wonderful closeness to exact multiples. This is shown by the following table, taken from the report of the Committee on Atomic Weights of the American Chemical Society for 1899:
In addition to these at least nine others have atomic weights differing not more than 0.1 from whole numbers. By the law of probabilities this close approach to whole numbers cannot be the result of chance, but no satisfactory explanation has as yet been offered.
Prout's hypothesis was not unique in concerning itself with an effort to show a unity of matter. Very early there was noticed a connection between the atomic weights and the properties of certain groups of elements. Attention was first called to this by Professor Döbereiner, of Jena, and an account was given of it in print in 1816, just after the first enunciation of Prout's hypothesis. Döbereiner noticed that the equivalent weight of strontium was 50, while the values then accepted for calcium and barium were respectively 27.5 and 72.5. Fifty is the mean of 27.5 and 72.5, and the properties of strontium may be looked upon as being an average of those of calcium and barium. It was soon clear, however, that strontium was as much entitled to recognition as an element as calcium or barium. Hence it appeared that there was a numerical relation between the weights of the atoms of these three elements, barium, strontium and calcium, which corresponded to both the chemical and the physical properties of the elements. Several other similar groups of three were discovered by Döbereiner, and this, which was really the earliest germ of the Periodic Law, became known as Döbereiner's law of triads. It is of especial interest, as having enabled its author to predict the atomic weight of bromin, which was later confirmed by experimental investigation. In this respect it anticipated the Periodic Law, and may be said to represent a phase of this later and greater generalization.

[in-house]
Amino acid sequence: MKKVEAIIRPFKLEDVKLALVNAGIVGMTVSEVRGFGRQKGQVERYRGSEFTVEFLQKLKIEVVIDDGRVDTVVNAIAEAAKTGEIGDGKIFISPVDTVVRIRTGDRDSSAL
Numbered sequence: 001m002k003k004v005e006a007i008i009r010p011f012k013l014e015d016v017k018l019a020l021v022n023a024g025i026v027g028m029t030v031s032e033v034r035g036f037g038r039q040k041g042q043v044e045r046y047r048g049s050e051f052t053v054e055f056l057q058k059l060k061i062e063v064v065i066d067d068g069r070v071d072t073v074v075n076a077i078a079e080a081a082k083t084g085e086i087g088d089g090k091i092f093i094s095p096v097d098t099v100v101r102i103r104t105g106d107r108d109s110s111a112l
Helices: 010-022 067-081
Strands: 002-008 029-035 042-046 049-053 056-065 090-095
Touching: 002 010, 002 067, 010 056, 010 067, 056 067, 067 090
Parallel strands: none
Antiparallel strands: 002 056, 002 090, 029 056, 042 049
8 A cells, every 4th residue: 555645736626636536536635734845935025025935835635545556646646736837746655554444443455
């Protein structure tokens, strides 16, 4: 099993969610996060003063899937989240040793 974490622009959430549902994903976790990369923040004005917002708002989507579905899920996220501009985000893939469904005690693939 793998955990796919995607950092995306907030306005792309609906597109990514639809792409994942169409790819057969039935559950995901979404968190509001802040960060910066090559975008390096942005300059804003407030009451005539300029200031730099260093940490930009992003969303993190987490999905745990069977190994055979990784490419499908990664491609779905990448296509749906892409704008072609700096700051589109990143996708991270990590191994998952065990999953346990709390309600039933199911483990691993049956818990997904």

Little attention was attracted by the speculations of Döbereiner, and a quarter of a century or so later the subject was taken up anew by the great French chemist, Dumas. He developed to some extent the law of triads, though he made little actual advance beyond the point attained by Döbereiner. Dumas's work was, however, widely noticed, and proved very stimulating to the chemists of his day. It